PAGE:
Perfecting your CV was painstaking. Filling in that application form took an age. As for that cover letter? Safe to say that writing a totally original introduction is far harder than it sounds. But it’s all paid off – and now you’re booked in for a phone or Skype interview.
This extra hurdle is common for positions where the competition is especially fierce. And not only are you competing with more applicants, you also face the prospect of being blind to the subtle expressions that can tell you what the interviewer is thinking. This challenge isn’t to be underestimated – phone interviews can be incredibly tough gigs without the right preparation (which is right about where this step-by-step guide comes in).
1. Practice, Practice, Practice (Then Practice Some More)
Forget the mock mirror interviews. You won’t need to video record your practice questions either. Focus solely on recording yourself by audio only, and listen to the ways in which you can most effectively express yourself with your voice alone.
Grab the commonly asked interview questions below, record your answers, playback, and repeat. Ask yourself – would you be inviting you to an in-person interview, if you were them?
Tell us about your current position
Do you have any examples of your work?
What is your experience level with XYZ?
What's the hardest challenge you have had to overcome — and how did you approach it?
Describe your programming habits
Tell us a little bit about yourself
2. Go Full Boy Scout – And Always Be Prepared
Make sure you have your CV to hand, a list of questions you’d like to ask the employer, and brief notes on key points you want to talk about. When practicing, gathering your materials and putting together your questions, remember to continually ask yourself – how does all of this relate to the position? It’s a good idea to read, and re-read the job description so it’s forever etched in your memory.
3. Distractions – Lock the Door Behind You!
As one expert found, distractions can totally detract from what you’re there to talk about. For you, rather than becoming an instant internet sensation, this may mean that you fail to cut the mustard for the next round of interviews. So lock that door, turn off the phone or the laptop (depending on which you’re using for your interview!) and make everyone aware of when your phone call or Skype session is happening.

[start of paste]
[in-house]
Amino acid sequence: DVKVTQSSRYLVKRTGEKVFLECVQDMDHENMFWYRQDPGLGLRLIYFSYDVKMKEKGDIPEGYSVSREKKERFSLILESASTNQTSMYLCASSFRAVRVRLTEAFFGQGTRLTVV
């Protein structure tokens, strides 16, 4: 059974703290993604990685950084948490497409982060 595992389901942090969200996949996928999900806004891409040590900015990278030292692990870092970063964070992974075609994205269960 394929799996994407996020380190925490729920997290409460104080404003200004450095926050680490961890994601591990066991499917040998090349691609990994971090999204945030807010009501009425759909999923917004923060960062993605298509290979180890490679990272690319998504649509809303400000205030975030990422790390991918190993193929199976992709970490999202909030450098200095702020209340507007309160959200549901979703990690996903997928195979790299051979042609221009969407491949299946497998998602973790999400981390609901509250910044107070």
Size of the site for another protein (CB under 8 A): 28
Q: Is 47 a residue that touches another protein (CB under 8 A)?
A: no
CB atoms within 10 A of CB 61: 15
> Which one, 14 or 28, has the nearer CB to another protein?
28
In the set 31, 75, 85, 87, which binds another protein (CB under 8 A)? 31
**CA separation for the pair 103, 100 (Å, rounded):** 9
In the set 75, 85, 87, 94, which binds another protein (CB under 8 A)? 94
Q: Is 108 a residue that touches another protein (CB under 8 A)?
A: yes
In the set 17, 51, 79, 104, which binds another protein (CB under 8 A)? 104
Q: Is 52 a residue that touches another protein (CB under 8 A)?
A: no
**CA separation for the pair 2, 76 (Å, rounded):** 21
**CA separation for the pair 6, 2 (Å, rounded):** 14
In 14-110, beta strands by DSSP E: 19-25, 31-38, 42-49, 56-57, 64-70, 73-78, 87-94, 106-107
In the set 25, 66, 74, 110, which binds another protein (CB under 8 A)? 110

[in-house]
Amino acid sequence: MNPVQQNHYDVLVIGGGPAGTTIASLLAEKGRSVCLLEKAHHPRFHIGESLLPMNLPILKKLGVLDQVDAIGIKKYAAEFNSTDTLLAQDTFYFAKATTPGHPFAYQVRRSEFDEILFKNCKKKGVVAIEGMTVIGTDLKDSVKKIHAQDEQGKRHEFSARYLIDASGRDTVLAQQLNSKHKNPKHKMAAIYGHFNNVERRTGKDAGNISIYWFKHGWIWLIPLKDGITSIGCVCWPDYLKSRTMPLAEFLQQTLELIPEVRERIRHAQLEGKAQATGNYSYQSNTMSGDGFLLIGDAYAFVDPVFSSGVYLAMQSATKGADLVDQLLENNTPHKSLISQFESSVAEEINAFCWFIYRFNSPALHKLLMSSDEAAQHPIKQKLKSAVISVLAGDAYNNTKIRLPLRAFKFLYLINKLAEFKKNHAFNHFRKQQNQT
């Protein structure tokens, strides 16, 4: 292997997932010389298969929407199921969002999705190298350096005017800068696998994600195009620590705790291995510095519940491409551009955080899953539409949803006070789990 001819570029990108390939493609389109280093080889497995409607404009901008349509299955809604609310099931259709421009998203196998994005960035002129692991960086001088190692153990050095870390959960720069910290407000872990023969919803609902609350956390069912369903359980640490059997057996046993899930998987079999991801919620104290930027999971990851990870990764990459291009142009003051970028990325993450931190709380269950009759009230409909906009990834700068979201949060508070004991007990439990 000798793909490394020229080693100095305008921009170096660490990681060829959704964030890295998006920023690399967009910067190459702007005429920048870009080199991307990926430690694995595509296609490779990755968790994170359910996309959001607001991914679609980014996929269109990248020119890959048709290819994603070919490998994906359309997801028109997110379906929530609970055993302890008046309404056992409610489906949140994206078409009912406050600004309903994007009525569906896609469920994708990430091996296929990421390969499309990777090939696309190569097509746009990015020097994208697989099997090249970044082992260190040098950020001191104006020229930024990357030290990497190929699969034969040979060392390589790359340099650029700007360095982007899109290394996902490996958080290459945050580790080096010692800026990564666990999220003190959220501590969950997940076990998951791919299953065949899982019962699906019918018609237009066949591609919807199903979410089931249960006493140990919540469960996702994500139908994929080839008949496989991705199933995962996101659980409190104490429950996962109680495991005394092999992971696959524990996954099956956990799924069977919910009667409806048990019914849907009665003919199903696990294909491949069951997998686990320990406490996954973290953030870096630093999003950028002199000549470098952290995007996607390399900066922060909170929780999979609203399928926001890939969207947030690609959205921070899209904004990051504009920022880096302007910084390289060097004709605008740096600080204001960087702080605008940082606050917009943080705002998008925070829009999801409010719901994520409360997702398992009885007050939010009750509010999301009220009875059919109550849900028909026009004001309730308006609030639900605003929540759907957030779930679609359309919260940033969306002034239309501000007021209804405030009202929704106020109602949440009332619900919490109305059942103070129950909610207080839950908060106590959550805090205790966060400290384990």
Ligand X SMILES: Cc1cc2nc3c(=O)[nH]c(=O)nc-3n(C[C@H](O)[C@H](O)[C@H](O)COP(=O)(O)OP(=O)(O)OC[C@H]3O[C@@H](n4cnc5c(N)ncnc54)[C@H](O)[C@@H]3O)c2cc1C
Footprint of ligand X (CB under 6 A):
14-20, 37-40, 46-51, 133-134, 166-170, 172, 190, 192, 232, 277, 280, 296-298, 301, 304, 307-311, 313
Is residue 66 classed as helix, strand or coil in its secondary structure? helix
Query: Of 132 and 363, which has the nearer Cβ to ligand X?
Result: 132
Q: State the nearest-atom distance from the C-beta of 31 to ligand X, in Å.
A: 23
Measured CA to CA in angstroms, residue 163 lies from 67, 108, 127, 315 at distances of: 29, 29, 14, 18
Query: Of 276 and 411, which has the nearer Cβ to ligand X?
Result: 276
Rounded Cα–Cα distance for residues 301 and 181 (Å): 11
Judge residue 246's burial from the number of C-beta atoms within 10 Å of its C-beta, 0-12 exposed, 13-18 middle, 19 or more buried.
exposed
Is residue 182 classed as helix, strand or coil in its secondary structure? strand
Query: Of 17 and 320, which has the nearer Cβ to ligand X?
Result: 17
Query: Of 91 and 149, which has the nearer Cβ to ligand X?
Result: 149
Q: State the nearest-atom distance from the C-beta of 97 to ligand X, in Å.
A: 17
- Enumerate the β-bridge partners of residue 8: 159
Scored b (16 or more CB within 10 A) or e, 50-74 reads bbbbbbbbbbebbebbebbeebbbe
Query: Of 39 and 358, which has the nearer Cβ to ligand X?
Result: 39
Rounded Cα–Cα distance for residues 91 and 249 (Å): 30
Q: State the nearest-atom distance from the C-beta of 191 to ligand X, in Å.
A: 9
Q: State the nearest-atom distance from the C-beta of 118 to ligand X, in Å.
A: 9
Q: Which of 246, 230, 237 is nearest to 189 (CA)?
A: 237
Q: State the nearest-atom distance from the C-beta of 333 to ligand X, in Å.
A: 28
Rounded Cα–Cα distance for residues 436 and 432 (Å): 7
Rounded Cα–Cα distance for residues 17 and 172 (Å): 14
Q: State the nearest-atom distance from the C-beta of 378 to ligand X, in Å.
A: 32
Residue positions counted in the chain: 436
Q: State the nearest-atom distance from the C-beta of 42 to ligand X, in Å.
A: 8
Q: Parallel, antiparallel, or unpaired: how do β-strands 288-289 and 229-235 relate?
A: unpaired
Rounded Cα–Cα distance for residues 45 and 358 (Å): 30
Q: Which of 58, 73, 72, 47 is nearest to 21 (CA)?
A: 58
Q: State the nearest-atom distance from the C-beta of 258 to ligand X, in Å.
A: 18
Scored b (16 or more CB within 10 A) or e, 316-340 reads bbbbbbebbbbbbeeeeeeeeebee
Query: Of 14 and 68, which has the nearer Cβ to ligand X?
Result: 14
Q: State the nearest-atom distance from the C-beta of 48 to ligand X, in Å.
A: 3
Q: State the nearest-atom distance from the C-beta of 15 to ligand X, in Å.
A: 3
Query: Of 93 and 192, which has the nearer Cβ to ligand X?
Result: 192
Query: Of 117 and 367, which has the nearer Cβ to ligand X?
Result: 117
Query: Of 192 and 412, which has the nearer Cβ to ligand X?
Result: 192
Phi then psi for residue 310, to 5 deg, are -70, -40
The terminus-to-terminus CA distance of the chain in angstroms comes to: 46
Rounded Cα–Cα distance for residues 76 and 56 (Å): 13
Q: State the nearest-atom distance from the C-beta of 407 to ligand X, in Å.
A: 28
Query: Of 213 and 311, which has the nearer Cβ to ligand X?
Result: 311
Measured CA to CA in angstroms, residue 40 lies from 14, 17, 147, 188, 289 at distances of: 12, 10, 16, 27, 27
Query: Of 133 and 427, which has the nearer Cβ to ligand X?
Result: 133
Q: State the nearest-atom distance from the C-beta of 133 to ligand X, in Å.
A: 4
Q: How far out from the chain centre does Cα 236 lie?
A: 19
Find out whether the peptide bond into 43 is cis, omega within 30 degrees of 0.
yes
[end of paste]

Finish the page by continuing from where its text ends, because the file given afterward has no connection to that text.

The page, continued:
You should also make sure the table in front of you is totally clear of items, save for those all-important talking points and other documents you’ll have to hand.
4. Skyping – Messy Beds, Underpants, Fido and Body Language
A Skype interview brings to the table a whole new number of things to think about. Here’s our quick-fire run-through…
- - Remember to wear a shirt and tie, just as you would for an in-person interview (you’ll probably want to put on some pants, too – just in case you have to grab a document from the other side of the room – crisp and clean Calvin Kleins probably aren’t on your interview’s list of nice-to-haves).
- - Take a look around at the background – unmade bed? Inch-thick dust on the shelf? Fido who might just wake from his slumber for a little self-clean-down? Yup – best to go with a plain background in a clutter-free (and pet-free) corner.
- - Test a few angles and different sitting positions – you want the interviewer to be able to see your body language – the hand gestures, the confident way you’re sitting, your facial expressions.
- - Practice with a friend – Hand them some interview questions to ask. Throughout your practising note how you can engage with them, and practice maintaining eye contact (it might also be a good idea to screen record the session).
5. Last but Not Least – Charge Up
Don’t, whatever you do, forget to charge your phone or laptop before the interview session (don’t even chance it – having to plug in mid-way through can hit your stride hard, and is a sure-fire way of demonstrating your disorganisation skills).
And that’s it – with plenty of practice done and dusted, the interview corner set, the phone or laptop charged, it’s time to get some kip (and if your interview is in the afternoon, a 30-minute powernap might not hurt).
If you would like further advice on tech interviews, then do get in touch with us – hello@